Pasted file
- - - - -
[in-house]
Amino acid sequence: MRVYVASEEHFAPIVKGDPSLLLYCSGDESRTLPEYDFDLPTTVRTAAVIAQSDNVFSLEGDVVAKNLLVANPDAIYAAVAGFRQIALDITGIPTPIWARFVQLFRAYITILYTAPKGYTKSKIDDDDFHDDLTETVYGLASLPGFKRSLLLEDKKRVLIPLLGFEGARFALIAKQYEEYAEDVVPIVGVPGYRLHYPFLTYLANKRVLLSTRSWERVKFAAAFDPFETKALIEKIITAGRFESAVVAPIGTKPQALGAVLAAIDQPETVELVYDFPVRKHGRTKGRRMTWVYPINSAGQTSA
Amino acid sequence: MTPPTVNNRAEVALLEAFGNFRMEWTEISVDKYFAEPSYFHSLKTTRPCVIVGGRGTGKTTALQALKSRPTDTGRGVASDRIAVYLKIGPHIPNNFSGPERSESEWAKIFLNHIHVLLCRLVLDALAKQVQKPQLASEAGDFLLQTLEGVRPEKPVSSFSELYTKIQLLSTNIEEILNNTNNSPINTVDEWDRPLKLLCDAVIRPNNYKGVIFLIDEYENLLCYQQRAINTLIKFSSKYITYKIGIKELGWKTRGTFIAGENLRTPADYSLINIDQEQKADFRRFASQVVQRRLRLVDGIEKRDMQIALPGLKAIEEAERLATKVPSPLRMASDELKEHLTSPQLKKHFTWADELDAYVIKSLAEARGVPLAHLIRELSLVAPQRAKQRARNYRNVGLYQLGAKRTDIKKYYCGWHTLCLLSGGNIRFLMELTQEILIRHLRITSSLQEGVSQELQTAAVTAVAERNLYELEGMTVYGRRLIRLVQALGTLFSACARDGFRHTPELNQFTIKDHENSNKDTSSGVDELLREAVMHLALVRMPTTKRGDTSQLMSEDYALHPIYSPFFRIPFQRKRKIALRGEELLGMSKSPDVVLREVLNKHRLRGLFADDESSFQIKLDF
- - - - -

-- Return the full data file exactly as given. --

[in-house]
Amino acid sequence: MRVYVASEEHFAPIVKGDPSLLLYCSGDESRTLPEYDFDLPTTVRTAAVIAQSDNVFSLEGDVVAKNLLVANPDAIYAAVAGFRQIALDITGIPTPIWARFVQLFRAYITILYTAPKGYTKSKIDDDDFHDDLTETVYGLASLPGFKRSLLLEDKKRVLIPLLGFEGARFALIAKQYEEYAEDVVPIVGVPGYRLHYPFLTYLANKRVLLSTRSWERVKFAAAFDPFETKALIEKIITAGRFESAVVAPIGTKPQALGAVLAAIDQPETVELVYDFPVRKHGRTKGRRMTWVYPINSAGQTSA
Amino acid sequence: MTPPTVNNRAEVALLEAFGNFRMEWTEISVDKYFAEPSYFHSLKTTRPCVIVGGRGTGKTTALQALKSRPTDTGRGVASDRIAVYLKIGPHIPNNFSGPERSESEWAKIFLNHIHVLLCRLVLDALAKQVQKPQLASEAGDFLLQTLEGVRPEKPVSSFSELYTKIQLLSTNIEEILNNTNNSPINTVDEWDRPLKLLCDAVIRPNNYKGVIFLIDEYENLLCYQQRAINTLIKFSSKYITYKIGIKELGWKTRGTFIAGENLRTPADYSLINIDQEQKADFRRFASQVVQRRLRLVDGIEKRDMQIALPGLKAIEEAERLATKVPSPLRMASDELKEHLTSPQLKKHFTWADELDAYVIKSLAEARGVPLAHLIRELSLVAPQRAKQRARNYRNVGLYQLGAKRTDIKKYYCGWHTLCLLSGGNIRFLMELTQEILIRHLRITSSLQEGVSQELQTAAVTAVAERNLYELEGMTVYGRRLIRLVQALGTLFSACARDGFRHTPELNQFTIKDHENSNKDTSSGVDELLREAVMHLALVRMPTTKRGDTSQLMSEDYALHPIYSPFFRIPFQRKRKIALRGEELLGMSKSPDVVLREVLNKHRLRGLFADDESSFQIKLDF